That is my inner Y chromosome coming out. I’ve always felt more comfortable around guys than girls. I love their crude humor, egos, and mellowness (compared to women). It’s actually easier for me to write from the male POV than female.
Q: Why did you choose young adult fiction, or did it choose you? Do you plan on continuing in this genre or branching out?
Young adult AND paranormal chose me. I was hell bent on writing historical romance. I even swore I’d NEVER write a vampire novel or young adult. I ended up doing both two years after I made that statement. It all started with Buffy the Vampire Slayer, which I saw for the first time two years ago. I felt empowered by the strong female characters and intrigued by all the crazy scenarios the writers came up with for the show.
I don’t plan to branch out much. For the first time, I feel like I’ve found my voice. I am moving towards a new and upcoming genre called New Adult. It’s a lot like YA, but for upper teens and 20-somethings. There’s more room to play in NA. For example, you can include sex and steamy kiss scenes without worrying about more sensitive readers sending outraged emails.
Through countless hours of networking and self-promotion! As soon as Entangled appeared on Amazon I hit the ground running contacting YA book bloggers, requesting reviews, writing guest posts, offering giveaways, participating in online events, mailing signed bookmarks, connecting with other indie authors, tweeting, blogging – it was full on!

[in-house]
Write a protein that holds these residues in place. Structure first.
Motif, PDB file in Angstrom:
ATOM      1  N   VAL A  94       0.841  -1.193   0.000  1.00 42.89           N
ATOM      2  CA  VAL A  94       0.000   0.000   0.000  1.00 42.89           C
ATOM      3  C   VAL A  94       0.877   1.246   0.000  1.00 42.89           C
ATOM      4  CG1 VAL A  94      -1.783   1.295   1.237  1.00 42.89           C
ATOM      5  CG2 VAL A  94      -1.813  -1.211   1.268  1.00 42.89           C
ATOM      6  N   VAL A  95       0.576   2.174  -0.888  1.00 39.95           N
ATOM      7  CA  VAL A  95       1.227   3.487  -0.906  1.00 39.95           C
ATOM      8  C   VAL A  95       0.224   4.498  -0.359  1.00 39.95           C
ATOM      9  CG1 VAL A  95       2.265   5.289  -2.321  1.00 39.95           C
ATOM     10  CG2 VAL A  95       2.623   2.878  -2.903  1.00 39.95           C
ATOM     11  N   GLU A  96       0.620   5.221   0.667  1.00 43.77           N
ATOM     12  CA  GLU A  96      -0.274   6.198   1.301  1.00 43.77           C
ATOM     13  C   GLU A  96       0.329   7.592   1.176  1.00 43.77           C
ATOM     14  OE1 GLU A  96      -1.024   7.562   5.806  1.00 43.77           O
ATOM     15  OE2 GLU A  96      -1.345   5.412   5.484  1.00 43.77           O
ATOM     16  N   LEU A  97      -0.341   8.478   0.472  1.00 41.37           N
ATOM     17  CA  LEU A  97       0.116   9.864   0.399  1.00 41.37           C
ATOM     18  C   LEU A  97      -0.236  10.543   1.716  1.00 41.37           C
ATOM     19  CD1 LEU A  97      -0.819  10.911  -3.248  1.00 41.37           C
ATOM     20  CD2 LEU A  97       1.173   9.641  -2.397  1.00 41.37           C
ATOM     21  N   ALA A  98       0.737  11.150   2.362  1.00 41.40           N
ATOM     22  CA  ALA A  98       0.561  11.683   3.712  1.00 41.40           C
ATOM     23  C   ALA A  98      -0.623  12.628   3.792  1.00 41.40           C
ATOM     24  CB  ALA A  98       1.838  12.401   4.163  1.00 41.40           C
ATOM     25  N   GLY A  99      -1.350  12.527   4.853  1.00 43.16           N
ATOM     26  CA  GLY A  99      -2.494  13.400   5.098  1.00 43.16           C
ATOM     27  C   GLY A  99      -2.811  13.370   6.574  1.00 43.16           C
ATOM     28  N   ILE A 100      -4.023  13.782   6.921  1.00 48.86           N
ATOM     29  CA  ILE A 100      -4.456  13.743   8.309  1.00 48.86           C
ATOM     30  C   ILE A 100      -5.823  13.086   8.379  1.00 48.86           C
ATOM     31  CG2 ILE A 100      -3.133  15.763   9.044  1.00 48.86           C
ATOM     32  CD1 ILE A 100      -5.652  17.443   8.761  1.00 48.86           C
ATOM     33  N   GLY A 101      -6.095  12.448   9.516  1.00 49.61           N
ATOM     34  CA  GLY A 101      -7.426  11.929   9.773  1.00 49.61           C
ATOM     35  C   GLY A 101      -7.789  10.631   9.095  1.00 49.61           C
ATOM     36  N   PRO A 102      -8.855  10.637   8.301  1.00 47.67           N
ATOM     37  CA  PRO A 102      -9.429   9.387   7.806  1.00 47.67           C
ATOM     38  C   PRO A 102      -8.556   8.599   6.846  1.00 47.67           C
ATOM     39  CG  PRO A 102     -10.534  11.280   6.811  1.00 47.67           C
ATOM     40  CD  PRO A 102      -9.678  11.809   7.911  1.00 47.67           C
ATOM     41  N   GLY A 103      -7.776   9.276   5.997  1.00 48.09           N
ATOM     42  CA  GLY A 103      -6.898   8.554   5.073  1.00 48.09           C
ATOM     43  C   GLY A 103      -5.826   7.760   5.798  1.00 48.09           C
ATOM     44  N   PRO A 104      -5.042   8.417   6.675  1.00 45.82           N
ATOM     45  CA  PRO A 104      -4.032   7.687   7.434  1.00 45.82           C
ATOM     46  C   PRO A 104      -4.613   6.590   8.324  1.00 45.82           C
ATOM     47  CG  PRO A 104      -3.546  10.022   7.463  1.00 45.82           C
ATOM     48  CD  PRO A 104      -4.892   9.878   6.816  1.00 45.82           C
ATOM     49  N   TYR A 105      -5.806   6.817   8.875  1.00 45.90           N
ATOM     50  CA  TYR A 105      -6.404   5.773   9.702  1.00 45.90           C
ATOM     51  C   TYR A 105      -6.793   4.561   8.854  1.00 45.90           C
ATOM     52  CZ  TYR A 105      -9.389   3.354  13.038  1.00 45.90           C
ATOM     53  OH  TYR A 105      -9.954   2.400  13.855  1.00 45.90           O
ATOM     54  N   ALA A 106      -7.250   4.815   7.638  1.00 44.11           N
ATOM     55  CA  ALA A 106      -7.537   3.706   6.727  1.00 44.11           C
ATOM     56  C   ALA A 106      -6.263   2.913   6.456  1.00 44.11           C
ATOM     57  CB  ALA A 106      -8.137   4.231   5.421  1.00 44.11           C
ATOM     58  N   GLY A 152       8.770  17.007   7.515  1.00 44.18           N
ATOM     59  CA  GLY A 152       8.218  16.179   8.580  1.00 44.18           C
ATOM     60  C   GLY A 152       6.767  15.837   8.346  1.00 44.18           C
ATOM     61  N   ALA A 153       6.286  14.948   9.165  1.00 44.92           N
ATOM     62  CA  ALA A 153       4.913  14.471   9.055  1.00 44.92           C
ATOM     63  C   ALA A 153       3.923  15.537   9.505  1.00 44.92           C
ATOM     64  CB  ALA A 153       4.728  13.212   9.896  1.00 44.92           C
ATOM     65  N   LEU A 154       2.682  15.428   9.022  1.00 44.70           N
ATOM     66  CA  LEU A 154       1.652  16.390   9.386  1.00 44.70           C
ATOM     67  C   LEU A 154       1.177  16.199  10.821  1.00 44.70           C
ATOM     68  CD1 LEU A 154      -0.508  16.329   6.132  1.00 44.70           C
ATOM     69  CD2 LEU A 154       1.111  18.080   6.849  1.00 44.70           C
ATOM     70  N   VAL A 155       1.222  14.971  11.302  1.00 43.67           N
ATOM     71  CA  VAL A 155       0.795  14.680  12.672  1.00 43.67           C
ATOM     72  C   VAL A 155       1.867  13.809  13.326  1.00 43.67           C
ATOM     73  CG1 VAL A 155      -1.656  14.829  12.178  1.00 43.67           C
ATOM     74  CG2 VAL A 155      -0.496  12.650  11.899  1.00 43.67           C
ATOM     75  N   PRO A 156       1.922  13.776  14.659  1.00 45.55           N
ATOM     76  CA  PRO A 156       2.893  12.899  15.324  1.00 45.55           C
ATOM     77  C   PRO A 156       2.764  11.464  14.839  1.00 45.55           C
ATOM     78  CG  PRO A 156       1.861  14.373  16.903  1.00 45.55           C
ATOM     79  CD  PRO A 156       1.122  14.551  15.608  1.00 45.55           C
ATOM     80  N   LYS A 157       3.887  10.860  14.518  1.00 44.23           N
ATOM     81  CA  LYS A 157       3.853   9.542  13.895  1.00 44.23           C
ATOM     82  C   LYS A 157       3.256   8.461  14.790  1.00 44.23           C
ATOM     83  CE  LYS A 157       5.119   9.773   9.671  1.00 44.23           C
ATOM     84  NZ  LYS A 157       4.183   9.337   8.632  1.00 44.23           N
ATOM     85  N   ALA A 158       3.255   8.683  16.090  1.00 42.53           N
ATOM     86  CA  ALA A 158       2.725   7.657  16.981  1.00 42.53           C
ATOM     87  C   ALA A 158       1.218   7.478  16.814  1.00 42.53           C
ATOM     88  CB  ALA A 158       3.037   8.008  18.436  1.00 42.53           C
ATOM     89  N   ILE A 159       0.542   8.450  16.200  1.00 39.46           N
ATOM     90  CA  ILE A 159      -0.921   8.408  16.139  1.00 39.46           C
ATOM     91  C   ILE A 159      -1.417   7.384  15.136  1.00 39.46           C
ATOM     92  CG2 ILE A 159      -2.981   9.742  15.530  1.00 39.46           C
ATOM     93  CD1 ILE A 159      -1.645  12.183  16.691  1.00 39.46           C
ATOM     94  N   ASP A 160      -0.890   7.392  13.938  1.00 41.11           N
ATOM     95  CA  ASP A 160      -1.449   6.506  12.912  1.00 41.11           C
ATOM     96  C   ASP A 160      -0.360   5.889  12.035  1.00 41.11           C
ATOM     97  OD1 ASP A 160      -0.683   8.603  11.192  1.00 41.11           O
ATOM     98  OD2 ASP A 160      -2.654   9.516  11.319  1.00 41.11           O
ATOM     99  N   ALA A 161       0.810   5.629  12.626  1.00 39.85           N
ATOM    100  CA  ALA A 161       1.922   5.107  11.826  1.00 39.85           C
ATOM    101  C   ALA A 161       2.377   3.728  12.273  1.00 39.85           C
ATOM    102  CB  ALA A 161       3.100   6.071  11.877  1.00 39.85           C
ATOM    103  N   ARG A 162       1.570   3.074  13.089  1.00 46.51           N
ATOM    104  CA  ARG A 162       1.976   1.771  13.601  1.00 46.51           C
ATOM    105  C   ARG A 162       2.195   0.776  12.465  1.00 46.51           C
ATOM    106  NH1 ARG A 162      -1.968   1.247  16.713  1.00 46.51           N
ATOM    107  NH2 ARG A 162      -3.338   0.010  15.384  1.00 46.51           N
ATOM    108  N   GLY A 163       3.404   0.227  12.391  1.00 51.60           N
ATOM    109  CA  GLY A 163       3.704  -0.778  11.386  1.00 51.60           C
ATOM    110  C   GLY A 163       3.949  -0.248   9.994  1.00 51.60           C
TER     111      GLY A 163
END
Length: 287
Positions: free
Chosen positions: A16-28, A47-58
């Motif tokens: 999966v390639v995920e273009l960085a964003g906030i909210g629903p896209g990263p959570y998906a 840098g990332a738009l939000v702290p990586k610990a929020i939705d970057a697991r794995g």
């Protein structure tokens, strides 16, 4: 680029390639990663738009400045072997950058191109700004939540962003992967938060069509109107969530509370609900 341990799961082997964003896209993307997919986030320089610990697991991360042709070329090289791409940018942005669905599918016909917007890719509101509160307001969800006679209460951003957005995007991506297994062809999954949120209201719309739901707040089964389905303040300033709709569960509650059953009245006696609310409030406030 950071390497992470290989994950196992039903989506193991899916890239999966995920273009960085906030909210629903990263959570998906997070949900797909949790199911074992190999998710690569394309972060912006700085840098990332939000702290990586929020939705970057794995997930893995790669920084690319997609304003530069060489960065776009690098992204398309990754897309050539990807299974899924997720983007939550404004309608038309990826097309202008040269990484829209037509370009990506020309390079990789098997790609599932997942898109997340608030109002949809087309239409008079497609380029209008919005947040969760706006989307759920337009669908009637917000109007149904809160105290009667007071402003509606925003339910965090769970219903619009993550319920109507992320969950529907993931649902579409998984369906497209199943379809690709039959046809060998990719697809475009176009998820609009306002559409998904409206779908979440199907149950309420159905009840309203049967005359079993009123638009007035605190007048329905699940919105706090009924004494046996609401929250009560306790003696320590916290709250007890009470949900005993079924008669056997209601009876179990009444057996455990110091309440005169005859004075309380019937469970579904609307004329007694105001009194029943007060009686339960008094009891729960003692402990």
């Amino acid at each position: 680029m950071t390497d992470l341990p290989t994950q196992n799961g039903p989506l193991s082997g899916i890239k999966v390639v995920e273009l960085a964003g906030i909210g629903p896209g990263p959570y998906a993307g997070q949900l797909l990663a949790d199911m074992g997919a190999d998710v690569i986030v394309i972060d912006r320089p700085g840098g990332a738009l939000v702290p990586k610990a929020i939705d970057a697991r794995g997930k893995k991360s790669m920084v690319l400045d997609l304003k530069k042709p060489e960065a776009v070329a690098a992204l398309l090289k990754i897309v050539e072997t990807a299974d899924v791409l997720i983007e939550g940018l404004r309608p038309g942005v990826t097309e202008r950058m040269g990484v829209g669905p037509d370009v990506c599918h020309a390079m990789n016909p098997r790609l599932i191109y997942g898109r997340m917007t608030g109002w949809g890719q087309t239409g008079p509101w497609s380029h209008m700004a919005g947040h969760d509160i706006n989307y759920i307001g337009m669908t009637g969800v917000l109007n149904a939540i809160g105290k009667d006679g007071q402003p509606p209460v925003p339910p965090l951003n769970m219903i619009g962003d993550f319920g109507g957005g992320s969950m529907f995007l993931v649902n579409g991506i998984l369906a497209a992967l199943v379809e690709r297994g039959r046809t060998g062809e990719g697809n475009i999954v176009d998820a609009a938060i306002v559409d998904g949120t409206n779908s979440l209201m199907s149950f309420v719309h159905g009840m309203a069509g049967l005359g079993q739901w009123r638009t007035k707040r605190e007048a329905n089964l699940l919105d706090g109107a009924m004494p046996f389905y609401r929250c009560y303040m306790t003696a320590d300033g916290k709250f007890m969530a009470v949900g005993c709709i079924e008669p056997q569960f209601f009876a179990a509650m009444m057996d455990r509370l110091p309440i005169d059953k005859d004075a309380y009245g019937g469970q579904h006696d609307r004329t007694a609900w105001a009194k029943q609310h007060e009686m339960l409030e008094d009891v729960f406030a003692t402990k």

With anything I do there’s always a long list of things I’d do differently. For one thing, it’s better to create buzz BEFORE you release a book, not publish it then spend hours hitting rocks together trying to start a flame.
I only hired one copy editor the first time and noticeable mistakes slipped through. I now hire two copy editors per book.
I would have gotten book three out last summer/fall like I promised readers and not allow my personal life to get in the way of my goals. This year I’m outlining a yearly release schedule and being careful about setting realistic deadlines for myself.
All that said, every time I release a book I learn something from it. Maybe by book seven I’ll have it all figured out. Ha!
Q: You’ve written erotica under the pen name of Louise Harvey. What prompted this and how did writing erotica transition to writing young adult fiction?
I wrote erotica very briefly out of frustration with my historical romance novels going nowhere. I wrote them for purely financial reasons (not that I ever saw more than $10). The idea was to use erotica to fund the writing projects I really cared about.
To learn more about Nikki Jefford and her books visit her Blog | Goodreads | Facebook | Twitter. Entangled (book one in the Spellbound Trilogy) is now free in ebook at: Amazon | Barnes & Noble | Smashwords | iBookstore